The Bill of Rights was approved by Congress in September 1789 and sent to the States for ratification, a year after the US constitution came into force.
150 years later, there was a sesquicentennial celebration of the Bill of Rights, and it was pointed out to the three states that they had still had not ratified. So they did so, principally in order to be part of the celebrations.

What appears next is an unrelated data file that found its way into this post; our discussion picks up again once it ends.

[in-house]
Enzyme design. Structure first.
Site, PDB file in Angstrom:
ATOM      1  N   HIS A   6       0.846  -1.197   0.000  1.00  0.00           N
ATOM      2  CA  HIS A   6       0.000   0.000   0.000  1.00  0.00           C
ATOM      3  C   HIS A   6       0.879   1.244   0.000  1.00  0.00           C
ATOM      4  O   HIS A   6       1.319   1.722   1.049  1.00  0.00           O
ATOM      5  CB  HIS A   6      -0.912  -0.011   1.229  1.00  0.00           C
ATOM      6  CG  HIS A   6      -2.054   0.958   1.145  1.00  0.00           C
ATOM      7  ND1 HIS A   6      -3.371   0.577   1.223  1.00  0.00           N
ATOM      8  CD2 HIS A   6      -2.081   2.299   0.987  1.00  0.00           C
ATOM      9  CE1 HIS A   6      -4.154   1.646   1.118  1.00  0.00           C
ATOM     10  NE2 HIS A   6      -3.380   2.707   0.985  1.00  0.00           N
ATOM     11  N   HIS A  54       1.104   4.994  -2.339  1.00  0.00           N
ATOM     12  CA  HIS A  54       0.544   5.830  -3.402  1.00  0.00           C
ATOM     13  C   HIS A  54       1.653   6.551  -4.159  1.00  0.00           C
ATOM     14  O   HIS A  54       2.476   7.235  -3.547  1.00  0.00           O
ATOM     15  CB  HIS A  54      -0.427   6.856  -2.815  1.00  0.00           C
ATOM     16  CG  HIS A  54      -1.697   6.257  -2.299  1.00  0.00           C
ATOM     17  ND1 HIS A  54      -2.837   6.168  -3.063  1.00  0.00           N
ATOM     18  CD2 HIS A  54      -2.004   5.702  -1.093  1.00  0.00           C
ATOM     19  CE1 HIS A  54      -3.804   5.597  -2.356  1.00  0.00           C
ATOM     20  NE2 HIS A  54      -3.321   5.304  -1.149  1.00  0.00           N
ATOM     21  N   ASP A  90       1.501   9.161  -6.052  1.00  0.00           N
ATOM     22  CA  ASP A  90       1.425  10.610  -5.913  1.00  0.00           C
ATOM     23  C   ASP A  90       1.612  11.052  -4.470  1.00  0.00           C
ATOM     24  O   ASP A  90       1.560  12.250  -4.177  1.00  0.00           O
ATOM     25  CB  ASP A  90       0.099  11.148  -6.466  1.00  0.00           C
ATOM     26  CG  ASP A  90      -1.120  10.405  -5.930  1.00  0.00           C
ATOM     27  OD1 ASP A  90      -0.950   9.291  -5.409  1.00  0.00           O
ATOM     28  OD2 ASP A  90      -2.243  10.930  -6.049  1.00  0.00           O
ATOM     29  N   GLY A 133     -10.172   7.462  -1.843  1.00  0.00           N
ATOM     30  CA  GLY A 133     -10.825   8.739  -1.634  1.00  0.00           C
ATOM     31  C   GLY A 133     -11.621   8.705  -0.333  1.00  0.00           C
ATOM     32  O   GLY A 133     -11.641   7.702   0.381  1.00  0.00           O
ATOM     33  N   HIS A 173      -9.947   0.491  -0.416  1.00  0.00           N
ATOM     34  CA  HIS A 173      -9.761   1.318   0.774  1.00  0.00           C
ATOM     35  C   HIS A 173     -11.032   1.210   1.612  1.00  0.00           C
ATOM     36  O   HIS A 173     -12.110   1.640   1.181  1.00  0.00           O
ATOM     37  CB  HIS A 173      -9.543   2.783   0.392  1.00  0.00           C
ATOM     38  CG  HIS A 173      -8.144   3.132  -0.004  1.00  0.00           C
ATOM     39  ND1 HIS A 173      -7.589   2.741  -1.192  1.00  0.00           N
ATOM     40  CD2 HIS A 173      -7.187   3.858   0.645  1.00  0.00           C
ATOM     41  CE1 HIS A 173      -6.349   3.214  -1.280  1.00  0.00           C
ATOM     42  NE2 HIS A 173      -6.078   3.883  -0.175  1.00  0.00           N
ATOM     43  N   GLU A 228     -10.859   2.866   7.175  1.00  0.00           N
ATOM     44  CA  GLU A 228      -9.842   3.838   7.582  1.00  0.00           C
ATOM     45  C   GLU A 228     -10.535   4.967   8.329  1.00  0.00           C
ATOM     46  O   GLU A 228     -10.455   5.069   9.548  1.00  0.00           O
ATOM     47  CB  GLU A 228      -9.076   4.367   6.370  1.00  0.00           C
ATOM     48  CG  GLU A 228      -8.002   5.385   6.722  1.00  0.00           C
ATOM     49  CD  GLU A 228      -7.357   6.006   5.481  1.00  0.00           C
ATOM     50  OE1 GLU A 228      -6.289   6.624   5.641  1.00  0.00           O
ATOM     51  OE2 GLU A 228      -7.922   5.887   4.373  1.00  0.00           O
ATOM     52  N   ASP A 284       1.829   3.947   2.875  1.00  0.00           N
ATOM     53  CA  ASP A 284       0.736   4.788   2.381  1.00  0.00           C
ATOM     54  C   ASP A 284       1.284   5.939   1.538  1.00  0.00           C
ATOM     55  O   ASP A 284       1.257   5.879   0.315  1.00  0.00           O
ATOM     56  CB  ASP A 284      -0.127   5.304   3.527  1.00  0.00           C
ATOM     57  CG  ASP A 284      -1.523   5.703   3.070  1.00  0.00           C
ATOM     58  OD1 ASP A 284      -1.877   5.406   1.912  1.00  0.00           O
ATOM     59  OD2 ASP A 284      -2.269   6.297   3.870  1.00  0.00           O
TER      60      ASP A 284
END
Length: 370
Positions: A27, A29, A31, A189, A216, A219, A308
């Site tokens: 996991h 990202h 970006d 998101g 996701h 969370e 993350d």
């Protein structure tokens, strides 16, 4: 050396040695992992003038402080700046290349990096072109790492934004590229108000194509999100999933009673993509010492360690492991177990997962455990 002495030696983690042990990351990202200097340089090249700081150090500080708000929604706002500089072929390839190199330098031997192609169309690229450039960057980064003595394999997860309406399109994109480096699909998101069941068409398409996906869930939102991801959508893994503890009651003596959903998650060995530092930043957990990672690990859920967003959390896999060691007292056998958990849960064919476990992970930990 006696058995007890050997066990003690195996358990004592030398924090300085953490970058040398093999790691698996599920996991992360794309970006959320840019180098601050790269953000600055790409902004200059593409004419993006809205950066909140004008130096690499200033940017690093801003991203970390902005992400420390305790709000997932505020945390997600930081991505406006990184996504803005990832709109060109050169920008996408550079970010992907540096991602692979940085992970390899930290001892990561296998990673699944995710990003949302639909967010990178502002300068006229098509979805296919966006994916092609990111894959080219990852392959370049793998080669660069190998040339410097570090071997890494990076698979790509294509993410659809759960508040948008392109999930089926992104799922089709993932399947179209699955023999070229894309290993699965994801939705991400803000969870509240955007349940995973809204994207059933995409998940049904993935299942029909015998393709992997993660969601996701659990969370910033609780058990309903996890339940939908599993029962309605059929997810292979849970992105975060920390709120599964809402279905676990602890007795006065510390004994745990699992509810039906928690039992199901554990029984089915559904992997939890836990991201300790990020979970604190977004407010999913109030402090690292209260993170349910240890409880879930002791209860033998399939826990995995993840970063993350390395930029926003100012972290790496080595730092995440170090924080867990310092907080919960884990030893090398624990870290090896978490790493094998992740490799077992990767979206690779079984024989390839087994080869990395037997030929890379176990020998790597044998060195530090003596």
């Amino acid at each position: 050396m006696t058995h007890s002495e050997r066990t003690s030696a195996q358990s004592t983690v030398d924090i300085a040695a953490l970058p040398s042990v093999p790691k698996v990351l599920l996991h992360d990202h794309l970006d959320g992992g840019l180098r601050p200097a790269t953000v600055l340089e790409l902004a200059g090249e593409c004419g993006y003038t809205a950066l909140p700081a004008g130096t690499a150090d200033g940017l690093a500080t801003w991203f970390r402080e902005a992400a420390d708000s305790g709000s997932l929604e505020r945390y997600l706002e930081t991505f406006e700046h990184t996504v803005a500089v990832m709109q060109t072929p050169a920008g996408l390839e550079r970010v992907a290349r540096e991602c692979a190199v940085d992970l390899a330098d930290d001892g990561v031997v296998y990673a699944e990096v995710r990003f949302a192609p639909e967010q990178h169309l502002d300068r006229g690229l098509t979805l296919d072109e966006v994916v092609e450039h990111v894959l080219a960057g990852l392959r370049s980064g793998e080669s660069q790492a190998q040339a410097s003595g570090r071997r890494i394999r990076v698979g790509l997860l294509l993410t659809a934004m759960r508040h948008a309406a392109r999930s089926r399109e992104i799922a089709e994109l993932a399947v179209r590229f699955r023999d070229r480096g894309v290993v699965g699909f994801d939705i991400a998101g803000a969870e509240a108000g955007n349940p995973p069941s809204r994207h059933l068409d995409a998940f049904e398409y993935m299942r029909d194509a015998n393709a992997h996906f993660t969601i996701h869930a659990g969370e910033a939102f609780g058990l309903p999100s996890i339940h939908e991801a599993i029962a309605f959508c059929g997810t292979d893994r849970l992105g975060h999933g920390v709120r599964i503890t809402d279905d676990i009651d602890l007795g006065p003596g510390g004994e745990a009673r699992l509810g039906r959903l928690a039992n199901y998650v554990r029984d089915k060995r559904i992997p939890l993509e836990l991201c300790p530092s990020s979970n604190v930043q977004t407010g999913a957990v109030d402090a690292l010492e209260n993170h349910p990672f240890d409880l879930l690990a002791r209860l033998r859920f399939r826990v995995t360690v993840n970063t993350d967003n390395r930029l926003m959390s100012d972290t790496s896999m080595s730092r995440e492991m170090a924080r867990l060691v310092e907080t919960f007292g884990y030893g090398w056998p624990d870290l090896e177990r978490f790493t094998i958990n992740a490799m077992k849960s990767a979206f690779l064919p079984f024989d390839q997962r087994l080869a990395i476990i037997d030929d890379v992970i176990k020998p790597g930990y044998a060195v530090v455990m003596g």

Massachusetts and Connecticut legislatures had essentially voted to ratify all or most of the articles originally (remember that there were initially twelve, of which only ten were ratified quickly) but different numbers of in each chamber, and had never bothered to reconcile this position since it made no practical difference after other states had ratified. Georgia had rejected the need for a Bill of Rights in principle in the 18th century (some argued that the Constitution should be limited to what the United States was explicitly positively allowed to do, and by including restrictions it gave the impression that the federal authorities could otherwise do anything which was not prohibited) but all those politicians were dead by the 20th century.